Mises Economics Blog
The Angry Economist
Civilian Gun Self-Defense
In The Pipeline
Motherhood and Taxes
Josh writes in response to this article:
That's true; in some circumstances people have recognized large-scale theft. I think Josh has it exactly right that people "see government as something wholly different than simply a large organization."
This does make government special. But not unique. Individuals still retain the right of self-defense, and private security companies and guards are widespread. These examples of non-government force are also legitimate — and, unlike government, operate without theft.
Some forceful government action is legitimate. Some forceful private action is legitimate. Some forceful government action is illegitimate, and some forceful private action is illegitimate. Private theft is always illegitimate. Why isn't this also true for government theft?
I am very sympathetic to this argument. It is, fundamentally, why I accept subpoena power. And it's also why a total end to forced taxation is among the last, not first, changes I would like to see in the government.
I don't know how much revenue would be raised by voluntary means, either. I wouldn't get rid of forced taxation until it was clear that voluntary sources would be sufficient. And, of course, the transition from forced to voluntary sources would be gradual.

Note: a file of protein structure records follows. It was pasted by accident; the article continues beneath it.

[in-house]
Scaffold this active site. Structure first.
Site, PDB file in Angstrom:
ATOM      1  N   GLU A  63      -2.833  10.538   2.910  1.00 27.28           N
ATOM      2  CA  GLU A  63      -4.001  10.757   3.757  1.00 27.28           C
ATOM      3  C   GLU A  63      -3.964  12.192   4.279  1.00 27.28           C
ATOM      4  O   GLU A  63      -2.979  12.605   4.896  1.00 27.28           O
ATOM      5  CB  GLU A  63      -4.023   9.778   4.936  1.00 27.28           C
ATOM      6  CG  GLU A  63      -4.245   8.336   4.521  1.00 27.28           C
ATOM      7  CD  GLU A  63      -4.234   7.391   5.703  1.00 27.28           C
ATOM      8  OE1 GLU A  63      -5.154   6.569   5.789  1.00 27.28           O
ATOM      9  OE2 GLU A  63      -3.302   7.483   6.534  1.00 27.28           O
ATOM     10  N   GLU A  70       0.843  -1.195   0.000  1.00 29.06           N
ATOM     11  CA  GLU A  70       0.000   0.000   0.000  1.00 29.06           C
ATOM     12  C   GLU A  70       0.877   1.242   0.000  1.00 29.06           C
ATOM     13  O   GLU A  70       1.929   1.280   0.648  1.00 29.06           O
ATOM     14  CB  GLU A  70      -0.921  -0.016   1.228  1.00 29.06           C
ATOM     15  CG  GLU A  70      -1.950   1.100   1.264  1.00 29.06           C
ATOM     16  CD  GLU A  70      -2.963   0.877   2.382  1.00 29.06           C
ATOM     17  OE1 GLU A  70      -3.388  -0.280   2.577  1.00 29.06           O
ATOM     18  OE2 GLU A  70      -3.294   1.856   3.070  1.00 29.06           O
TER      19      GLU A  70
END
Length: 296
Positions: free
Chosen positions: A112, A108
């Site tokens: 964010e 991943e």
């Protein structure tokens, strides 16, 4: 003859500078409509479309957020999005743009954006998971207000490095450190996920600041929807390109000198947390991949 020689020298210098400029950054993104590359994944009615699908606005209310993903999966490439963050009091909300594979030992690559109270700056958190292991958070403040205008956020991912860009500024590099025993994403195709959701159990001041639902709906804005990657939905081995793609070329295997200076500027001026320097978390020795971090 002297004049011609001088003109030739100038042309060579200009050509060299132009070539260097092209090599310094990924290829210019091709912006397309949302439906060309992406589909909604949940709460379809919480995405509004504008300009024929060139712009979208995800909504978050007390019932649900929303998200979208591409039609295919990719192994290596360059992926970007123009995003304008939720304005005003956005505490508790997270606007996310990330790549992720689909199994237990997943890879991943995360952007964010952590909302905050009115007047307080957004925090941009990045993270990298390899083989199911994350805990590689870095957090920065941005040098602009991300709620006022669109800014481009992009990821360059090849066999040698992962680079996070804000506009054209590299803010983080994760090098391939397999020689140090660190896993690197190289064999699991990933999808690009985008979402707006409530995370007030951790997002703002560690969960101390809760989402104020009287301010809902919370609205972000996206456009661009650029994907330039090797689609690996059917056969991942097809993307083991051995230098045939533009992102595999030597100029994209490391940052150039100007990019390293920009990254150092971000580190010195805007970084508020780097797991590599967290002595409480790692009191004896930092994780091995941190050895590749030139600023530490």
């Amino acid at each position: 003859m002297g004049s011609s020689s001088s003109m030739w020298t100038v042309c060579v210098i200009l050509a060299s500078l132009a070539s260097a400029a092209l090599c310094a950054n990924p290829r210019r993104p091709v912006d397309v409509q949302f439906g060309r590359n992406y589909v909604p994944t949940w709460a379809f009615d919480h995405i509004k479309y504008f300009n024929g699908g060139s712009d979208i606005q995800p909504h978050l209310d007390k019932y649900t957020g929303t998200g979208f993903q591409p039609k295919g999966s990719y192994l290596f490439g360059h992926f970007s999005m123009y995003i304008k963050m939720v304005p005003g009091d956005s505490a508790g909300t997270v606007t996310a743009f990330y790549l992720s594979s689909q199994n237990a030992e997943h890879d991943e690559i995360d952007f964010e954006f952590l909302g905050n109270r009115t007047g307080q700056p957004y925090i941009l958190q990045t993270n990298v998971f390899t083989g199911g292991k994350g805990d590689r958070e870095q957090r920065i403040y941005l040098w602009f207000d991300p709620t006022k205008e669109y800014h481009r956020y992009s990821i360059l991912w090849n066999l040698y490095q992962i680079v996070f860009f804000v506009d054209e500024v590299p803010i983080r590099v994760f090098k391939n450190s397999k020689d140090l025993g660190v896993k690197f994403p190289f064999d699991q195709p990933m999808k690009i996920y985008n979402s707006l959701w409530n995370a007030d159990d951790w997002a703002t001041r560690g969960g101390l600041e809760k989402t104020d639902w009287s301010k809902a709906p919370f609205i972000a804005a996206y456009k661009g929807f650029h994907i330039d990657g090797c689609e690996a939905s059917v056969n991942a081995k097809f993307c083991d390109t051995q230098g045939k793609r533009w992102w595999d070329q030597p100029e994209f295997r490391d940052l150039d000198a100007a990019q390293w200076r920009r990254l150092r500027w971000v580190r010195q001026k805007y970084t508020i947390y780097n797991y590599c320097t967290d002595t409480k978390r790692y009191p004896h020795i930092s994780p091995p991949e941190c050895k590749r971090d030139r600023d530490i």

The military certainly is expensive. There's a useful summary table (S-10) in the 2006 federal budget that shows 2004 military spending as $436 billion of total federal outlays of $2,292 billion, or 19%. (As a percentage of total government spending, including state and local spending, it is less.) But national defense is a purpose I'm happy to contribute to, even as I might quibble about the sums involved.
It's things like Social Security, Medicare, and Medicaid — together more than twice as expensive as the military! — that I complain about and regard as pure theft. These programs do not serve the purpose of protecting individual rights, so they are illegitimate government action. Government should not do these things even if funded voluntarily; those who favor these things should set up private organizations to pursue them. (More about this in a forthcoming post.)
I am willing to temporarily endure a system of forcible taxation in order to fund the essential activities of government. I will not consider it proper or desirable, and I condemn government involvement in non-essential (non-rights-protecting) activities.
I still see no principled way to defend forcible taxation. My question about what distinguishes government from a gang cornering me in an alley still stands. What is incorrect in the analogy: Social Security is the product of a gang of the elderly, and as illegitimate as such a literal gang's demands would be?
Social Security doesn't protect individual rights, so I don't think of it like subpoena power or national defense. It's stealing. And that's wrong, just like Mom said.